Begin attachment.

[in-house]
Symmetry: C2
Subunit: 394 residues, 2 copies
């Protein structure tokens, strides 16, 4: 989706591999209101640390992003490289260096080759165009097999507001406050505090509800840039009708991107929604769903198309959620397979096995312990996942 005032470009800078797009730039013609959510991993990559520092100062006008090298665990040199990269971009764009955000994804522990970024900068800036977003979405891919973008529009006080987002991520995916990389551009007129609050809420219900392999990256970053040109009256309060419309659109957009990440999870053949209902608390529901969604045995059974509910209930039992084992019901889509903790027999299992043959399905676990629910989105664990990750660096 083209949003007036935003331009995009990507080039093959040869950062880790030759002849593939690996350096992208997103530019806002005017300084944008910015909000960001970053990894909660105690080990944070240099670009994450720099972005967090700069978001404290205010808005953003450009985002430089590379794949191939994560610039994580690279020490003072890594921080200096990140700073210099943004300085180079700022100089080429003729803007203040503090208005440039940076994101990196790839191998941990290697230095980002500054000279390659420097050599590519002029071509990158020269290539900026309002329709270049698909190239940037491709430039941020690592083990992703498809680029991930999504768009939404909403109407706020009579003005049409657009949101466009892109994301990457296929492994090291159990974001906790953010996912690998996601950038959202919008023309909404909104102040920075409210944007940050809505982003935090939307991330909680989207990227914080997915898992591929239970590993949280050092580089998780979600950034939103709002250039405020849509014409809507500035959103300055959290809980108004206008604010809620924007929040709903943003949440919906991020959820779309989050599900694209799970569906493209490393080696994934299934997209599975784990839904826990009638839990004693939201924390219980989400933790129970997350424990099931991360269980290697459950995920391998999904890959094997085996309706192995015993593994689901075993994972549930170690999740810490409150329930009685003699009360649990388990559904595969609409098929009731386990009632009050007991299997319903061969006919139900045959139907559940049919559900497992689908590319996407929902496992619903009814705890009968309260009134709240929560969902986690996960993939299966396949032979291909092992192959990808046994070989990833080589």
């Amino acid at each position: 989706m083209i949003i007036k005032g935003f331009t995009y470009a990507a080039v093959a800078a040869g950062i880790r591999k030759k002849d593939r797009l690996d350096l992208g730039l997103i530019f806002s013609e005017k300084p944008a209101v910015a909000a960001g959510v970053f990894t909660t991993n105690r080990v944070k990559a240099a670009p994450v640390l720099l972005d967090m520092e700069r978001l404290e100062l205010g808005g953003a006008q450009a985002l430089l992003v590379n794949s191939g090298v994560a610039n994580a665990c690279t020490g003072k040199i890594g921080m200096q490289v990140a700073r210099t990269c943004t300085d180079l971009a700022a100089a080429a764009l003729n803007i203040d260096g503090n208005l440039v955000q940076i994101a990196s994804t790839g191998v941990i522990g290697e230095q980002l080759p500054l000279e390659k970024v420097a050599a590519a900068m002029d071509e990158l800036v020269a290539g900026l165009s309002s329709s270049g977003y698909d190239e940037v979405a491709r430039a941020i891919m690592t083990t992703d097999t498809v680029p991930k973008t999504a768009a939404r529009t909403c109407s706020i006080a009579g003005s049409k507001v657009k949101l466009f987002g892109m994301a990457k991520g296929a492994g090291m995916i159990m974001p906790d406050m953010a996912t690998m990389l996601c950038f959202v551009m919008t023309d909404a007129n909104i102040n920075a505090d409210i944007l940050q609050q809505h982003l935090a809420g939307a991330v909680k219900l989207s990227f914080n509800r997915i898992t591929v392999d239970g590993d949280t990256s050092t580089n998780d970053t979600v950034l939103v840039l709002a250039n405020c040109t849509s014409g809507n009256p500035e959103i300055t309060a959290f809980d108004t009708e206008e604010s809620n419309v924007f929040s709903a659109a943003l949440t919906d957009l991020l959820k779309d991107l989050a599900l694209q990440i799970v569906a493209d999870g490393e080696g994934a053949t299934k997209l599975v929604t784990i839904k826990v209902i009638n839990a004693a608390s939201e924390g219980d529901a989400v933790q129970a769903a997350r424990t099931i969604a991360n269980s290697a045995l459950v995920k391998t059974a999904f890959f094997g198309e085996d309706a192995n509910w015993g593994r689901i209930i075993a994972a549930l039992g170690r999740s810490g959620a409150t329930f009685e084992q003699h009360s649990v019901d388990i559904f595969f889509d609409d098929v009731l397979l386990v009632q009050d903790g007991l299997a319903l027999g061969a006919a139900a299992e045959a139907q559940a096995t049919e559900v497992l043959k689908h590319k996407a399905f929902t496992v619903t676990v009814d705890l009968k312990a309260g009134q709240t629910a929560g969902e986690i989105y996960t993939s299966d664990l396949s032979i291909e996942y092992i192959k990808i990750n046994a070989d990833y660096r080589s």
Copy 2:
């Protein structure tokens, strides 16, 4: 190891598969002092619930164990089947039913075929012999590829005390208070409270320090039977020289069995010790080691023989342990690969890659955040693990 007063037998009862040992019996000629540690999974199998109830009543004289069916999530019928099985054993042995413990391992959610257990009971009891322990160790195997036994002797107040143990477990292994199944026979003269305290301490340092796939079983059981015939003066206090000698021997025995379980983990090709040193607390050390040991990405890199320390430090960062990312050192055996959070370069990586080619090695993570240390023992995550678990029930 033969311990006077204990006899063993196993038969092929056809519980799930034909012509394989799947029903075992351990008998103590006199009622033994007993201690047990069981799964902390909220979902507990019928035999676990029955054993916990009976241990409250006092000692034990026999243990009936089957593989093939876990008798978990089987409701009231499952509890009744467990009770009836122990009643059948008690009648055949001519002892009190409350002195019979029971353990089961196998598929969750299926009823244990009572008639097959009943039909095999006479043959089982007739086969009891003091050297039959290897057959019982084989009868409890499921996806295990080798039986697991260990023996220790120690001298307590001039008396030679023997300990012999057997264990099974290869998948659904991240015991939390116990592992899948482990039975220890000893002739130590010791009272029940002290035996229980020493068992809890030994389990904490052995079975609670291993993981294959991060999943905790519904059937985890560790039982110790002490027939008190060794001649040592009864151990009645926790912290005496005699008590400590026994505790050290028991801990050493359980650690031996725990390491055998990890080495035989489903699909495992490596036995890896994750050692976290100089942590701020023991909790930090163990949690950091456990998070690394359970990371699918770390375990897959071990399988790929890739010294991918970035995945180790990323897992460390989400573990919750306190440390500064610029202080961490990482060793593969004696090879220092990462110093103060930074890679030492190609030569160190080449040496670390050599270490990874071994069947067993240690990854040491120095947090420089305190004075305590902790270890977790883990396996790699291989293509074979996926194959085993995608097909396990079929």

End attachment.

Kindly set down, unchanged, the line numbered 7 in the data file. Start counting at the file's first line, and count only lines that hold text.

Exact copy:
């Protein structure tokens, strides 16, 4: 190891598969002092619930164990089947039913075929012999590829005390208070409270320090039977020289069995010790080691023989342990690969890659955040693990 007063037998009862040992019996000629540690999974199998109830009543004289069916999530019928099985054993042995413990391992959610257990009971009891322990160790195997036994002797107040143990477990292994199944026979003269305290301490340092796939079983059981015939003066206090000698021997025995379980983990090709040193607390050390040991990405890199320390430090960062990312050192055996959070370069990586080619090695993570240390023992995550678990029930 033969311990006077204990006899063993196993038969092929056809519980799930034909012509394989799947029903075992351990008998103590006199009622033994007993201690047990069981799964902390909220979902507990019928035999676990029955054993916990009976241990409250006092000692034990026999243990009936089957593989093939876990008798978990089987409701009231499952509890009744467990009770009836122990009643059948008690009648055949001519002892009190409350002195019979029971353990089961196998598929969750299926009823244990009572008639097959009943039909095999006479043959089982007739086969009891003091050297039959290897057959019982084989009868409890499921996806295990080798039986697991260990023996220790120690001298307590001039008396030679023997300990012999057997264990099974290869998948659904991240015991939390116990592992899948482990039975220890000893002739130590010791009272029940002290035996229980020493068992809890030994389990904490052995079975609670291993993981294959991060999943905790519904059937985890560790039982110790002490027939008190060794001649040592009864151990009645926790912290005496005699008590400590026994505790050290028991801990050493359980650690031996725990390491055998990890080495035989489903699909495992490596036995890896994750050692976290100089942590701020023991909790930090163990949690950091456990998070690394359970990371699918770390375990897959071990399988790929890739010294991918970035995945180790990323897992460390989400573990919750306190440390500064610029202080961490990482060793593969004696090879220092990462110093103060930074890679030492190609030569160190080449040496670390050599270490990874071994069947067993240690990854040491120095947090420089305190004075305590902790270890977790883990396996790699291989293509074979996926194959085993995608097909396990079929």